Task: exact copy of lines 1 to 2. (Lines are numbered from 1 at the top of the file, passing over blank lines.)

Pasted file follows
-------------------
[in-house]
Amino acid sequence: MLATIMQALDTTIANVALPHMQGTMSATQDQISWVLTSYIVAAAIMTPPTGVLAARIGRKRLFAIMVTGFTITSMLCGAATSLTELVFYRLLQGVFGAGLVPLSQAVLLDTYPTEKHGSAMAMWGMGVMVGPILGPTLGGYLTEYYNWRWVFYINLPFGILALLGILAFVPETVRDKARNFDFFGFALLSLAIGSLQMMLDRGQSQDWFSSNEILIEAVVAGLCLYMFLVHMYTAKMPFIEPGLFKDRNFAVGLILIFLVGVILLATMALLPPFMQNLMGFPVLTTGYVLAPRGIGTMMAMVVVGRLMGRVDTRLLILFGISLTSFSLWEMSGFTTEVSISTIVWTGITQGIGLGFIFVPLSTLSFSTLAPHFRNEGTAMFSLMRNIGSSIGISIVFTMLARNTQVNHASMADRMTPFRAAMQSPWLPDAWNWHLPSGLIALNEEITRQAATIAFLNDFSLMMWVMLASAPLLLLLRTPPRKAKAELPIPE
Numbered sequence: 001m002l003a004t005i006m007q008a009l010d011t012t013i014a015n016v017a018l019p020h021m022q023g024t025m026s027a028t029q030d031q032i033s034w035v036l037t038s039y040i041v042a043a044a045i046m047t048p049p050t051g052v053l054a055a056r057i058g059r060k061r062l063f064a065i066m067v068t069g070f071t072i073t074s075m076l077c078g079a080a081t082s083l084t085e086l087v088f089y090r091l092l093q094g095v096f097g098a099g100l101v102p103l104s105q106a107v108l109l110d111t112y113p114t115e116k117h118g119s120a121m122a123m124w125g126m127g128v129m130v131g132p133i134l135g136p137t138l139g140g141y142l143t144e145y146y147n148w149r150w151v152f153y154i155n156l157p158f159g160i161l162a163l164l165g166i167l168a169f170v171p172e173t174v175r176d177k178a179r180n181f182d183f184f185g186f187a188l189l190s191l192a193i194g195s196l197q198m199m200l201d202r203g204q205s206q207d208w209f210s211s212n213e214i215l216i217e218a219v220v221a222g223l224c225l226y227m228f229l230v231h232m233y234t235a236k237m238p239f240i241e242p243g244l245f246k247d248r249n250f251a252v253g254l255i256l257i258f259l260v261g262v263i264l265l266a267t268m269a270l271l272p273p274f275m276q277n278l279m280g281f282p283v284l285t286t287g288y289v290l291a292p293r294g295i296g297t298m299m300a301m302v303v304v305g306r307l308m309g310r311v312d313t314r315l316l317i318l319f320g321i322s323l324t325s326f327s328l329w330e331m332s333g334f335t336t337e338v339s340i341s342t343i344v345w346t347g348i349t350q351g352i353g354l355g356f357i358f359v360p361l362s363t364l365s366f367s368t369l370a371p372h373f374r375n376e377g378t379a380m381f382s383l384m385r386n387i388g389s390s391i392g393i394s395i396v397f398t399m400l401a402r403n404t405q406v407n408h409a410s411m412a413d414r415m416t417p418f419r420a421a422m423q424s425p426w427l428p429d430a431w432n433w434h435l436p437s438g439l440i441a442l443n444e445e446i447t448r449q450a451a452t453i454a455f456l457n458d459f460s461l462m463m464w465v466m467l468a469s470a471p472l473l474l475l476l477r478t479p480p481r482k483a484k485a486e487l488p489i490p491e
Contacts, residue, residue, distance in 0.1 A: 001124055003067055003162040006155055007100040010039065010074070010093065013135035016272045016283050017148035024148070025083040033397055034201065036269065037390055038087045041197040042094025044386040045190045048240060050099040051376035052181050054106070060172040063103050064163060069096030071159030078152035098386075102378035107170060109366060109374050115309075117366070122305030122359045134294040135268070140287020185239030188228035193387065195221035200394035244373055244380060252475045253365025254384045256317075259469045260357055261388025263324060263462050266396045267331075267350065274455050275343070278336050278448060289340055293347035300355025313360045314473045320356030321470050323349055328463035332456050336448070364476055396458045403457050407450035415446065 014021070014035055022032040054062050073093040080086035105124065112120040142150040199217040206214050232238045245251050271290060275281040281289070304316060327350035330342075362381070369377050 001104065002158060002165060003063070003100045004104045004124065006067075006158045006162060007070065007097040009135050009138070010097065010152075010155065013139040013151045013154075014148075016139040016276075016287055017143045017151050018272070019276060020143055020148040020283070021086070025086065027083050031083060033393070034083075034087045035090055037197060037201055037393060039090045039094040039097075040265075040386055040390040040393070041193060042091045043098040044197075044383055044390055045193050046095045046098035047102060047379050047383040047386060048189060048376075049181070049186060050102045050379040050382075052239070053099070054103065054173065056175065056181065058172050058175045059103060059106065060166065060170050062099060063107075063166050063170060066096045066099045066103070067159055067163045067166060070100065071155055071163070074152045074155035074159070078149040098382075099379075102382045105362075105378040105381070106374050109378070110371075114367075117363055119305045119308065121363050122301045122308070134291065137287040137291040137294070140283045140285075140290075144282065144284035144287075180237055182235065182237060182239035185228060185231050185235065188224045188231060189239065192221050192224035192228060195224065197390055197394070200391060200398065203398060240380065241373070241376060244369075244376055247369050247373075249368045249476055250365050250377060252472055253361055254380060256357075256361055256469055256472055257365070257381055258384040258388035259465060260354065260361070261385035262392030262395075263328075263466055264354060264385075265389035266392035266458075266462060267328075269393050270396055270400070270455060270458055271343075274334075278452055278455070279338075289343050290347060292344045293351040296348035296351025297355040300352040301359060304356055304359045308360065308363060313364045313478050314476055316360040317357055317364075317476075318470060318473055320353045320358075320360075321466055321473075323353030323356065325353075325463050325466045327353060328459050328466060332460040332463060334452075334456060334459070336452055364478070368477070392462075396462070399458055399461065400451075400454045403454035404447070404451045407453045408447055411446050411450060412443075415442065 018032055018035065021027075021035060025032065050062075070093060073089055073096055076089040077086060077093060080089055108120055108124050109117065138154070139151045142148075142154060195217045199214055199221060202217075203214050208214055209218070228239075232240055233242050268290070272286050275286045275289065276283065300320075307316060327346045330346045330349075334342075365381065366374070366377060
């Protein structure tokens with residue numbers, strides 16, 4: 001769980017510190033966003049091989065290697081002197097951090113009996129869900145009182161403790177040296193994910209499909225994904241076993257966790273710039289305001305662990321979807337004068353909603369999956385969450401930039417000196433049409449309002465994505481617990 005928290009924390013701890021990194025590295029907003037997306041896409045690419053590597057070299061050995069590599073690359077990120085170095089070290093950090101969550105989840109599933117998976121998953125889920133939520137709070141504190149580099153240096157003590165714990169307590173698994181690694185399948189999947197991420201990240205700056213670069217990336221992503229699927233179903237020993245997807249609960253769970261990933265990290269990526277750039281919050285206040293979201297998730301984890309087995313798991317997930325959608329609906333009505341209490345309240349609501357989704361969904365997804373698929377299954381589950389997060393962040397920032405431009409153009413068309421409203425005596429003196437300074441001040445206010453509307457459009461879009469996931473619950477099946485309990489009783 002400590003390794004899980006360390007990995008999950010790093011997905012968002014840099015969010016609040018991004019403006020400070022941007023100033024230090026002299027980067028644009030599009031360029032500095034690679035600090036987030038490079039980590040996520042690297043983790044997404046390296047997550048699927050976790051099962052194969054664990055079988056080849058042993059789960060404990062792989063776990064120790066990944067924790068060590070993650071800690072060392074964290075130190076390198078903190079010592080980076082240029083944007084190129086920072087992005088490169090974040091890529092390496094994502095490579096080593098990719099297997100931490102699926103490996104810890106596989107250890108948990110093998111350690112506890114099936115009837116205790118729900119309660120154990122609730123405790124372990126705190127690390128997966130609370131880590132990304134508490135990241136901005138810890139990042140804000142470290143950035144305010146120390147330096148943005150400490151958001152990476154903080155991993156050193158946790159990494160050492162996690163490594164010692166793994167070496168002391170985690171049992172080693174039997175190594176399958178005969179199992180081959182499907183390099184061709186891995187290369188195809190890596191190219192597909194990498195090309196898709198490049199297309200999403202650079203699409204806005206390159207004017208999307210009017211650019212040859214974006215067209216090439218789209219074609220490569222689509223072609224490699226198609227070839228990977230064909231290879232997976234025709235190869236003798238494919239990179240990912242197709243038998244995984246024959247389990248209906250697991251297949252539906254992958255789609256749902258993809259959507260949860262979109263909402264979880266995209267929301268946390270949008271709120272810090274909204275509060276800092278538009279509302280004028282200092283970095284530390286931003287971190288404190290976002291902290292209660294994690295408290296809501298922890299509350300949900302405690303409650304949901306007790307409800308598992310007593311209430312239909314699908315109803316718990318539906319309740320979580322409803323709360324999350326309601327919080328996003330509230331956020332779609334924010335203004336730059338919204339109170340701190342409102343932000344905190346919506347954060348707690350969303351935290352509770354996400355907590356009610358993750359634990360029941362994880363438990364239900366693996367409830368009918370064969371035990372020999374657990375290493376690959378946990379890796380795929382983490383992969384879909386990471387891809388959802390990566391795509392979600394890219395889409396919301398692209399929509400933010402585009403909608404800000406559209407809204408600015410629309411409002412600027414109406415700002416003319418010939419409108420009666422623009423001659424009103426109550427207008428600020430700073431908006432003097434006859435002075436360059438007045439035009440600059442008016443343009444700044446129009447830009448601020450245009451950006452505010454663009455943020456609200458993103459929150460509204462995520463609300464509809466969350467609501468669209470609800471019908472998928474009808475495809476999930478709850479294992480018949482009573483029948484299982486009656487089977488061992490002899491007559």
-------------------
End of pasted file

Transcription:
[in-house]
Amino acid sequence: MLATIMQALDTTIANVALPHMQGTMSATQDQISWVLTSYIVAAAIMTPPTGVLAARIGRKRLFAIMVTGFTITSMLCGAATSLTELVFYRLLQGVFGAGLVPLSQAVLLDTYPTEKHGSAMAMWGMGVMVGPILGPTLGGYLTEYYNWRWVFYINLPFGILALLGILAFVPETVRDKARNFDFFGFALLSLAIGSLQMMLDRGQSQDWFSSNEILIEAVVAGLCLYMFLVHMYTAKMPFIEPGLFKDRNFAVGLILIFLVGVILLATMALLPPFMQNLMGFPVLTTGYVLAPRGIGTMMAMVVVGRLMGRVDTRLLILFGISLTSFSLWEMSGFTTEVSISTIVWTGITQGIGLGFIFVPLSTLSFSTLAPHFRNEGTAMFSLMRNIGSSIGISIVFTMLARNTQVNHASMADRMTPFRAAMQSPWLPDAWNWHLPSGLIALNEEITRQAATIAFLNDFSLMMWVMLASAPLLLLLRTPPRKAKAELPIPE